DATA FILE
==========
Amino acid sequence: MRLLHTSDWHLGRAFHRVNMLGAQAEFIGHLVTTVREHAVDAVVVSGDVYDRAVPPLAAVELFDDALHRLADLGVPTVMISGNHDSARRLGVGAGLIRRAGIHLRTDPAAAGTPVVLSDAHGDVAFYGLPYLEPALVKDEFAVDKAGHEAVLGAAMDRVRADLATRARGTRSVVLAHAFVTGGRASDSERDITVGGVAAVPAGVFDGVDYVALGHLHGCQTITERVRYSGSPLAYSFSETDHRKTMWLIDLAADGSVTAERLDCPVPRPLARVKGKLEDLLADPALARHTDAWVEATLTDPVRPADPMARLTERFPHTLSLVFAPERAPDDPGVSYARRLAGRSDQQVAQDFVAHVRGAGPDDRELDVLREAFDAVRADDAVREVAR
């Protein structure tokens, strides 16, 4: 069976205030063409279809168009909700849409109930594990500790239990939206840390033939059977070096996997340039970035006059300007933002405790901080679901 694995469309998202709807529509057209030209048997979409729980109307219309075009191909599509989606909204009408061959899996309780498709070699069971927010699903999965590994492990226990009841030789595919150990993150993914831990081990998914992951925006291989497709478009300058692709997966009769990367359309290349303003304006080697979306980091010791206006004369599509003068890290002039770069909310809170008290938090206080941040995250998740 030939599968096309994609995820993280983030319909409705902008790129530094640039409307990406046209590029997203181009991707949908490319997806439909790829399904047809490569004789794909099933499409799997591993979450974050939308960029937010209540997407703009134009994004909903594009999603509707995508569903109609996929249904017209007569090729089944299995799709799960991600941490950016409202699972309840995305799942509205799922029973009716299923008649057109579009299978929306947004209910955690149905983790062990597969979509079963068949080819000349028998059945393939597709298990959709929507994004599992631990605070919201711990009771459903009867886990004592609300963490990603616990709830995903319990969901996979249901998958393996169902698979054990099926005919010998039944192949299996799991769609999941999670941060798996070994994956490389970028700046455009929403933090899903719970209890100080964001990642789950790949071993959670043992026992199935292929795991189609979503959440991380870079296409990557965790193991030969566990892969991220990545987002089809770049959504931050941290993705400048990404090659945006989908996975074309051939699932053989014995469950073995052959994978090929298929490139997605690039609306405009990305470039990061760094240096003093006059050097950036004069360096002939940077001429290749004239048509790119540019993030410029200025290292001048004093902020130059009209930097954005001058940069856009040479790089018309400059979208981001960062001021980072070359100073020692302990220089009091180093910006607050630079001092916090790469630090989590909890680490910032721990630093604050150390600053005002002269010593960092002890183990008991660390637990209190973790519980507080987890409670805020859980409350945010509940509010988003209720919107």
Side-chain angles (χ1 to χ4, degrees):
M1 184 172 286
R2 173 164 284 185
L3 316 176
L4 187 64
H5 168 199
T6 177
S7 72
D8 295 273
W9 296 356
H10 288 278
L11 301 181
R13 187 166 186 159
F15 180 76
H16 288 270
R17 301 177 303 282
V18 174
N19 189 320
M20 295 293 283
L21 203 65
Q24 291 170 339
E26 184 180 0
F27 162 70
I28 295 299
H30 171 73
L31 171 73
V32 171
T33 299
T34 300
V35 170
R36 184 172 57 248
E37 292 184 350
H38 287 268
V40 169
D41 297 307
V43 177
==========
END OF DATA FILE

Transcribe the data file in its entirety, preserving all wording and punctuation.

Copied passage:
Amino acid sequence: MRLLHTSDWHLGRAFHRVNMLGAQAEFIGHLVTTVREHAVDAVVVSGDVYDRAVPPLAAVELFDDALHRLADLGVPTVMISGNHDSARRLGVGAGLIRRAGIHLRTDPAAAGTPVVLSDAHGDVAFYGLPYLEPALVKDEFAVDKAGHEAVLGAAMDRVRADLATRARGTRSVVLAHAFVTGGRASDSERDITVGGVAAVPAGVFDGVDYVALGHLHGCQTITERVRYSGSPLAYSFSETDHRKTMWLIDLAADGSVTAERLDCPVPRPLARVKGKLEDLLADPALARHTDAWVEATLTDPVRPADPMARLTERFPHTLSLVFAPERAPDDPGVSYARRLAGRSDQQVAQDFVAHVRGAGPDDRELDVLREAFDAVRADDAVREVAR
């Protein structure tokens, strides 16, 4: 069976205030063409279809168009909700849409109930594990500790239990939206840390033939059977070096996997340039970035006059300007933002405790901080679901 694995469309998202709807529509057209030209048997979409729980109307219309075009191909599509989606909204009408061959899996309780498709070699069971927010699903999965590994492990226990009841030789595919150990993150993914831990081990998914992951925006291989497709478009300058692709997966009769990367359309290349303003304006080697979306980091010791206006004369599509003068890290002039770069909310809170008290938090206080941040995250998740 030939599968096309994609995820993280983030319909409705902008790129530094640039409307990406046209590029997203181009991707949908490319997806439909790829399904047809490569004789794909099933499409799997591993979450974050939308960029937010209540997407703009134009994004909903594009999603509707995508569903109609996929249904017209007569090729089944299995799709799960991600941490950016409202699972309840995305799942509205799922029973009716299923008649057109579009299978929306947004209910955690149905983790062990597969979509079963068949080819000349028998059945393939597709298990959709929507994004599992631990605070919201711990009771459903009867886990004592609300963490990603616990709830995903319990969901996979249901998958393996169902698979054990099926005919010998039944192949299996799991769609999941999670941060798996070994994956490389970028700046455009929403933090899903719970209890100080964001990642789950790949071993959670043992026992199935292929795991189609979503959440991380870079296409990557965790193991030969566990892969991220990545987002089809770049959504931050941290993705400048990404090659945006989908996975074309051939699932053989014995469950073995052959994978090929298929490139997605690039609306405009990305470039990061760094240096003093006059050097950036004069360096002939940077001429290749004239048509790119540019993030410029200025290292001048004093902020130059009209930097954005001058940069856009040479790089018309400059979208981001960062001021980072070359100073020692302990220089009091180093910006607050630079001092916090790469630090989590909890680490910032721990630093604050150390600053005002002269010593960092002890183990008991660390637990209190973790519980507080987890409670805020859980409350945010509940509010988003209720919107």
Side-chain angles (χ1 to χ4, degrees):
M1 184 172 286
R2 173 164 284 185
L3 316 176
L4 187 64
H5 168 199
T6 177
S7 72
D8 295 273
W9 296 356
H10 288 278
L11 301 181
R13 187 166 186 159
F15 180 76
H16 288 270
R17 301 177 303 282
V18 174
N19 189 320
M20 295 293 283
L21 203 65
Q24 291 170 339
E26 184 180 0
F27 162 70
I28 295 299
H30 171 73
L31 171 73
V32 171
T33 299
T34 300
V35 170
R36 184 172 57 248
E37 292 184 350
H38 287 268
V40 169
D41 297 307
V43 177